A watchful eye

Well, I can do better with Spring hive management. It seems so much of beekeeping is developing a keen eye while inspecting and knowing how to read the comb on the frames and how to address varying situations within the hive.

Another swarm retrieved

As for swarms and their retrieval the less stressful and more practical way is get the queen in the box and the others will march right in. Takes patience and a keen eye. . . . Oh no, I found another queen in the swarm?? What?? How can that be? I have always heard the queen mother leaves the colony with roughly have the half population. Never heard about virgin queens in the swarm but I did a couple nights ago during a live chat on YouTube. Thankfully this new information was made known to me. Just when you think you have things somewhat figured out, lol.

So far I have learned a ton about Spring management first hand. The bees have taught me some tough yet amazing lessons. Not just about their behavior and biology but also about life. This is my third year of beekeeping and by far the toughest because my bees have done so well coming out of Winter. This Spring has seen an abundance of pollen and nectar along with favorable temperatures and sunshine. The past two years weren’t so. What a difference it has made. Its like bees gone wild here. This intense activity has run me ragged not to mention the fretful sleepless nights.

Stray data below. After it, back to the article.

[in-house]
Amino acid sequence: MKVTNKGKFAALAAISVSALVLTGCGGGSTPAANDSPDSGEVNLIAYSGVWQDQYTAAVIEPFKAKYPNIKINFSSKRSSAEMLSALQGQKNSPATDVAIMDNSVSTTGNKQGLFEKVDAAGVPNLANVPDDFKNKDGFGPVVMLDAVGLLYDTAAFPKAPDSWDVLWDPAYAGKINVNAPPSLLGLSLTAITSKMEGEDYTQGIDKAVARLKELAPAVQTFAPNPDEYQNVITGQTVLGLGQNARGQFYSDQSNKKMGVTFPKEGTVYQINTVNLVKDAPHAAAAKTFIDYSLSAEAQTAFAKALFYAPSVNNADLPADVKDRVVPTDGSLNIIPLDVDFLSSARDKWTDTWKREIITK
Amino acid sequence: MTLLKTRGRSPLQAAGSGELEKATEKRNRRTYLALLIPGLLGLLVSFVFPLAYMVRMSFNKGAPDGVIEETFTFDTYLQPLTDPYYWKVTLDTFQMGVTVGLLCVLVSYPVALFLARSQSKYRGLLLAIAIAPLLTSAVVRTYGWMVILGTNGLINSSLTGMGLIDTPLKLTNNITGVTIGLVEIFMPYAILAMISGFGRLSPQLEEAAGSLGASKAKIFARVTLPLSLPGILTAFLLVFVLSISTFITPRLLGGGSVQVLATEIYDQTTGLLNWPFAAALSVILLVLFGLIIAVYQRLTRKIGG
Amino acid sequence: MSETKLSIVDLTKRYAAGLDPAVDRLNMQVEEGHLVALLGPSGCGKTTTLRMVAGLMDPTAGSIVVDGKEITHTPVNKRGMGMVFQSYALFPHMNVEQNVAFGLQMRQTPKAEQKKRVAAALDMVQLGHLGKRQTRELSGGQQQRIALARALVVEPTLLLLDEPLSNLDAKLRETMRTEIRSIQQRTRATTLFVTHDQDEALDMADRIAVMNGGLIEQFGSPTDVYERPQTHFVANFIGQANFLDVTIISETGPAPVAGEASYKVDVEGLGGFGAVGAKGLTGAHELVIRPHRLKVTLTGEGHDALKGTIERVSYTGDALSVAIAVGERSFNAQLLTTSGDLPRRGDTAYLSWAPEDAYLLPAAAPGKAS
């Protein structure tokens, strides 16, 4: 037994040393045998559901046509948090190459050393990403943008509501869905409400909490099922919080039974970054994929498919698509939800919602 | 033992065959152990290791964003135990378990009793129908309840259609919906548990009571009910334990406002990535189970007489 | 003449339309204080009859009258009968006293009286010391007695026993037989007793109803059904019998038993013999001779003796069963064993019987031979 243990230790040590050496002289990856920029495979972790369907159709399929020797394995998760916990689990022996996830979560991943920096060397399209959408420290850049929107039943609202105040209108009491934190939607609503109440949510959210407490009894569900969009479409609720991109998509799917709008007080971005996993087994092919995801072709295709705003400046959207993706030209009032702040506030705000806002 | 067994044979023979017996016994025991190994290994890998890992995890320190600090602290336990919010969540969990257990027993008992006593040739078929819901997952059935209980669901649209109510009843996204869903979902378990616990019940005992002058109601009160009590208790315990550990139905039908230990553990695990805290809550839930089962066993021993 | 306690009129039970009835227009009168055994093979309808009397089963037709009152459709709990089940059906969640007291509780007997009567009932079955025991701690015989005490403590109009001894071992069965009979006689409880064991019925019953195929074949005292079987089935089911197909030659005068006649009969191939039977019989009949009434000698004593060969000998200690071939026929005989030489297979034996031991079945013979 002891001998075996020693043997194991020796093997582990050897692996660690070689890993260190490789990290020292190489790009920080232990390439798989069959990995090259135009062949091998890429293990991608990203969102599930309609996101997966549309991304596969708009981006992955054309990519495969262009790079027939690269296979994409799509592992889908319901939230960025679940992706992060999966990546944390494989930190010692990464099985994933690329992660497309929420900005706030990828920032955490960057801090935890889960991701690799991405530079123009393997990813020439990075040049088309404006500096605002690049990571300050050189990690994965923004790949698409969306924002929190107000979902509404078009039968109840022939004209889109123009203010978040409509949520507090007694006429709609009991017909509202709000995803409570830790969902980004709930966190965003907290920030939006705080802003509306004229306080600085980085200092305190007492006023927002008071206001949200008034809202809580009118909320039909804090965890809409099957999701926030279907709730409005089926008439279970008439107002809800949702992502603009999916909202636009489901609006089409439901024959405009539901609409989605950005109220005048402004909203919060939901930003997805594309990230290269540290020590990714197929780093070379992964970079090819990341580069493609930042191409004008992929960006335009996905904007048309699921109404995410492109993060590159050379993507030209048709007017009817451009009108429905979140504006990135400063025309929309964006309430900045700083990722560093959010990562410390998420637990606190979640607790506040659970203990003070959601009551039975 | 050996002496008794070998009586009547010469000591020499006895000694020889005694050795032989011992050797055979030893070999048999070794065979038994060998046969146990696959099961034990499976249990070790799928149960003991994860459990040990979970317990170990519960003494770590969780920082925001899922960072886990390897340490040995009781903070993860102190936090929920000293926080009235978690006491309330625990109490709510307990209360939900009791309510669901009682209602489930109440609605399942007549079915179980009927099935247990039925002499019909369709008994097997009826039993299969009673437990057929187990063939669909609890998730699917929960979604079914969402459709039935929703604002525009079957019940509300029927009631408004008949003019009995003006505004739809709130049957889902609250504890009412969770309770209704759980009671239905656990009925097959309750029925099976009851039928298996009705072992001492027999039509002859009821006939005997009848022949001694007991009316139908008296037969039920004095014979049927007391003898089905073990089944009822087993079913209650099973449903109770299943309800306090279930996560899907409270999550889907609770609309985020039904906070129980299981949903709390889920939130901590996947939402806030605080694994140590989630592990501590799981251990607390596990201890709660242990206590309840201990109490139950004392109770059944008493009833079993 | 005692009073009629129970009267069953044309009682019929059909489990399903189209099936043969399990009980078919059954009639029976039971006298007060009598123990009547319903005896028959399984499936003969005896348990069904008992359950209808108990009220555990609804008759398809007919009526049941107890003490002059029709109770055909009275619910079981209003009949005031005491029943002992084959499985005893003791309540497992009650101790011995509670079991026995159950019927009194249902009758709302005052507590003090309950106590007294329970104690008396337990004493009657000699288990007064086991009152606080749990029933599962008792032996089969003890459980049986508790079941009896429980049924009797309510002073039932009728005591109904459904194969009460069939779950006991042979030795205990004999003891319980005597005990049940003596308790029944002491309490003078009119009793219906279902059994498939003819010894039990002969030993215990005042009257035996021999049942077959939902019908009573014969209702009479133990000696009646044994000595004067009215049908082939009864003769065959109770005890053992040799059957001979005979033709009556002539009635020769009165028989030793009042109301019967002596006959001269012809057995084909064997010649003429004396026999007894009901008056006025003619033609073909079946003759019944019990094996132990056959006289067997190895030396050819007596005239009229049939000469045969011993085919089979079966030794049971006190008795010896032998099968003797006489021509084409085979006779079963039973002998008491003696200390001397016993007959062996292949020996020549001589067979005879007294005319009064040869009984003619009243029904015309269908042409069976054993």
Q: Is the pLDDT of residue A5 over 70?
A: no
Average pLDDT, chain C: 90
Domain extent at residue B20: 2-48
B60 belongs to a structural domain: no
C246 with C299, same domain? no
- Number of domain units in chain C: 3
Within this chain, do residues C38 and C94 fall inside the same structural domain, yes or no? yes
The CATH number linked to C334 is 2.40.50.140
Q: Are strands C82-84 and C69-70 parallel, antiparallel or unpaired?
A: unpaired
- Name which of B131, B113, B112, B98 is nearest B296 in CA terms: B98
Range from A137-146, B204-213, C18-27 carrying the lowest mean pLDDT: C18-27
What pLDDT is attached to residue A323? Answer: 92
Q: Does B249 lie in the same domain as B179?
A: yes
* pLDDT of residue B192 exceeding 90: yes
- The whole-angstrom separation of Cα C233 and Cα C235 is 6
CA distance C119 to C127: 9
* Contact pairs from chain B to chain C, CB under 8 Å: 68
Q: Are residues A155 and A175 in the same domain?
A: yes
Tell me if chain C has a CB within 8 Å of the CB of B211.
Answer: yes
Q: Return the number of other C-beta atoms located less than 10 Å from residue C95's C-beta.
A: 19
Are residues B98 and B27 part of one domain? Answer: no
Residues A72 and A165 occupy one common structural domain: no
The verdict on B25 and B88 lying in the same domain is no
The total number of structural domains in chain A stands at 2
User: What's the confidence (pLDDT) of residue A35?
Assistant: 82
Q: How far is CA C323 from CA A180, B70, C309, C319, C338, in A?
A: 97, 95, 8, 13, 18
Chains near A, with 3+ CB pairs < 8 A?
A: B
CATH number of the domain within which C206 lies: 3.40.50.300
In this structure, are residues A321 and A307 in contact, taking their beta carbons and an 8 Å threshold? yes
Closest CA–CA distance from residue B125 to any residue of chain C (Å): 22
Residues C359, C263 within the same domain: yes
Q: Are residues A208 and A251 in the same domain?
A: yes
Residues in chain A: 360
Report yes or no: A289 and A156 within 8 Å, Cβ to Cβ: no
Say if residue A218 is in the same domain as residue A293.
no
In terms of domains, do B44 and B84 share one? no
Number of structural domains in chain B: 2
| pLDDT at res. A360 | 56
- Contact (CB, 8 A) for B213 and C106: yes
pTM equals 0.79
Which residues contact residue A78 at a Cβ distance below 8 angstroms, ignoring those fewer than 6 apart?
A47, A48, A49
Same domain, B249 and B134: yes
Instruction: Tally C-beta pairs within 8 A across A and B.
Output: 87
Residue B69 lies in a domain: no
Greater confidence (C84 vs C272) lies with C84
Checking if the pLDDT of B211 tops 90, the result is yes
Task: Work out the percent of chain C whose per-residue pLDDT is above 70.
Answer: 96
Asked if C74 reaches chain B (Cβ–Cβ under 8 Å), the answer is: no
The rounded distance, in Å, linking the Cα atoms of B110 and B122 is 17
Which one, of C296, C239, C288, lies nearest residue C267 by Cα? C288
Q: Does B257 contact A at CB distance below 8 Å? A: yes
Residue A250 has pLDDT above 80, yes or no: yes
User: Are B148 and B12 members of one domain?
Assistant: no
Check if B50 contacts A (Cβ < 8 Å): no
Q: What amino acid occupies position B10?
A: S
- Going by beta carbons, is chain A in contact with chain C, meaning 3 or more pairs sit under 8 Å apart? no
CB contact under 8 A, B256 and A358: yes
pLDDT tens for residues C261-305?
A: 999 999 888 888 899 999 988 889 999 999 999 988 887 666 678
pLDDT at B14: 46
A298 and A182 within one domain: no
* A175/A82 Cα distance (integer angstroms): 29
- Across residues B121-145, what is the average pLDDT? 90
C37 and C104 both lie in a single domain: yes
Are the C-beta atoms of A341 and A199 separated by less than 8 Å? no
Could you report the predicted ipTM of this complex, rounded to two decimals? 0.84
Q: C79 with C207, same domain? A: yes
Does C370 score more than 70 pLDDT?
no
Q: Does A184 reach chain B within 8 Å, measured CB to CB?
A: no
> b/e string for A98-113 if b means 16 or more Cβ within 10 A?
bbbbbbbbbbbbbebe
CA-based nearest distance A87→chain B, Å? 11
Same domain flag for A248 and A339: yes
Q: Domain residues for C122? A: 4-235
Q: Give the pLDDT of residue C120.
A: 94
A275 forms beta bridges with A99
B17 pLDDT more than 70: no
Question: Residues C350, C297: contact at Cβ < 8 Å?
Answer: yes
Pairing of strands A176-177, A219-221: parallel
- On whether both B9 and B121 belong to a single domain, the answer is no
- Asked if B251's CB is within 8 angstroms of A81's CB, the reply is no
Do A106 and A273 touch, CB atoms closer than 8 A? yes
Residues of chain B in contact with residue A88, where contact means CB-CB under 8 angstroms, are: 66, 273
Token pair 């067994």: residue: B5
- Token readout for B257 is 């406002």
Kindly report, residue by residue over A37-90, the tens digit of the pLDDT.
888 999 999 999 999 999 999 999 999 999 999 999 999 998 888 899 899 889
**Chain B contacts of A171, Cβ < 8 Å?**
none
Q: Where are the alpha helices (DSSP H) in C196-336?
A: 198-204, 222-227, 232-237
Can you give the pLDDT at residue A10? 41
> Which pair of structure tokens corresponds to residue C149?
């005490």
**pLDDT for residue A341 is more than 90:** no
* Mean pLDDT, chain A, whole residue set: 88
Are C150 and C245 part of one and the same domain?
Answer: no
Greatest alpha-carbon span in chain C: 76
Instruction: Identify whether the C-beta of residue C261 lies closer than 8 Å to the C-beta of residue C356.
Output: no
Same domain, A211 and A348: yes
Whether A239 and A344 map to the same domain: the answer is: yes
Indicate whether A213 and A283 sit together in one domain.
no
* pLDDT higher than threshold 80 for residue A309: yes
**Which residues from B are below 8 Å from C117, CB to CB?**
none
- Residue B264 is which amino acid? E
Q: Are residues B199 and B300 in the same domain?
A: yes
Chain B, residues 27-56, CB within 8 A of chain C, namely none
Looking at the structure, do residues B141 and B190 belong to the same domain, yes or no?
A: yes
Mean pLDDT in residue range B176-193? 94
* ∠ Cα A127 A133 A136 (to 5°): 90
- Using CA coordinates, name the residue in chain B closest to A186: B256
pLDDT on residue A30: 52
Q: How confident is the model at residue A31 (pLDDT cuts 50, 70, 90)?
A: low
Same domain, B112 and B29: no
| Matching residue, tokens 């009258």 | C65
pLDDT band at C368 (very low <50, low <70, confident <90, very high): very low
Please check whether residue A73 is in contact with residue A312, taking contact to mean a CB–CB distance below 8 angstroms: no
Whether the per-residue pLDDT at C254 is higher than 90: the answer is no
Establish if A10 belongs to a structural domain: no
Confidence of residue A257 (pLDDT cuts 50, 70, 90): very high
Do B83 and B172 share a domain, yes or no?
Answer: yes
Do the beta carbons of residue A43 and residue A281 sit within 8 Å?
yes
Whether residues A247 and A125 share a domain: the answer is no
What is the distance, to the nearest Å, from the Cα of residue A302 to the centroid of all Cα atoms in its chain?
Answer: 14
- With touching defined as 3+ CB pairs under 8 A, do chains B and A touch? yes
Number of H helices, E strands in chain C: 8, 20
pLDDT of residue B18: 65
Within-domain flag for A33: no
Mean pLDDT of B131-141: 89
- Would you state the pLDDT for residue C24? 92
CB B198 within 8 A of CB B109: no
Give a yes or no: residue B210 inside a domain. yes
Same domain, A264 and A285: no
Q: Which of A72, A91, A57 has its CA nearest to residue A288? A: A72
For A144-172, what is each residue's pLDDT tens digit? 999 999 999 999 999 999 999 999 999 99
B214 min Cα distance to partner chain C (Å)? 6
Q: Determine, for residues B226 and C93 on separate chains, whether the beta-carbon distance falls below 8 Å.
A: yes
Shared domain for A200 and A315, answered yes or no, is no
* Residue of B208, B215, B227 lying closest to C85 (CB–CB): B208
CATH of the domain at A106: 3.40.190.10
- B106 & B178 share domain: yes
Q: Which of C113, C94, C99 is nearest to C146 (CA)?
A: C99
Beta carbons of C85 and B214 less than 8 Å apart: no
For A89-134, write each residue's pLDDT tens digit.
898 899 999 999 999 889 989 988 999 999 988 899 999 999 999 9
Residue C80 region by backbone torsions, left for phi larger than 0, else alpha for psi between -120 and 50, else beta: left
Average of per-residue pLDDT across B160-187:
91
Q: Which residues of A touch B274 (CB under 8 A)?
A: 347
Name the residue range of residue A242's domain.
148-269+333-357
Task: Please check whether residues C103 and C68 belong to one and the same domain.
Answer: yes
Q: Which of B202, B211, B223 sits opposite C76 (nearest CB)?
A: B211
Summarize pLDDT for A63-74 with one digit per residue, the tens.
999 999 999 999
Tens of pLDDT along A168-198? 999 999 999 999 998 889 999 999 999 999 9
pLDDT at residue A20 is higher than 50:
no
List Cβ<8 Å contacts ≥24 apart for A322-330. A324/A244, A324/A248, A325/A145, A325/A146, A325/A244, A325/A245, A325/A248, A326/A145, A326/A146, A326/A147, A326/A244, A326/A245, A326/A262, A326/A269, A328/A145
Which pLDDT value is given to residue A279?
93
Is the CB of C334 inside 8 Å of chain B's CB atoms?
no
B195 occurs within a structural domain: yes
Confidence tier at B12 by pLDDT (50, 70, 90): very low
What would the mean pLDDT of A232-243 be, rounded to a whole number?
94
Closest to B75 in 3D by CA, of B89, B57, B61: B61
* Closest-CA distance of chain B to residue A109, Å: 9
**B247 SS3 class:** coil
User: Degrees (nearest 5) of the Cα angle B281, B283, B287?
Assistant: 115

We plan and believe for the best in what we do. I was surprised and upset when I discovered the hive bench had broken from a weak leg. When I looked at the back bee yard this early evening all I saw was the familiar swirling of airborne honey bees! Yikes. Upon my arrival to inspect what was going on I found the three hives were upside down because the bench had fallen over.

Broken bench and upset hives

All we can do in life is our best. Sometimes things don’t go the way we plan. When it goes south we have a decision to make. Be the victim or rise above and tack a different course. It hurts when all your energy fails to produce the desired results. But if you are willing to take a hard look there is always a lesson to be learned to make you strongly successful!

Multiplication and Manipulation

The apple blossoms have come and are almost gone. Often the apple blossoms get frost bit but not this year! The dogwoods are blooming along with some unidentified trees. This all signals the nectar flow is on and food is in abundance. The bees are building up furiously. The April rains have subsided and May has brought the arrival of the returning Baltimore Orioles!

Two colonies have been relocated to a location 7 miles away. Another colony will be moved there next week. There will be another out yard a couple of miles away as well.

My apiary has doubled in size with all the splitting and swarm catches. I’ve transformed from a backyard beekeeper to a hobbyist. I am developing my queen grafting and colony management all with a view to share the increase and recoup some of the investment I have made.

Found and caged the queen. Then placed her on top of the frames . . .
The rest came marching in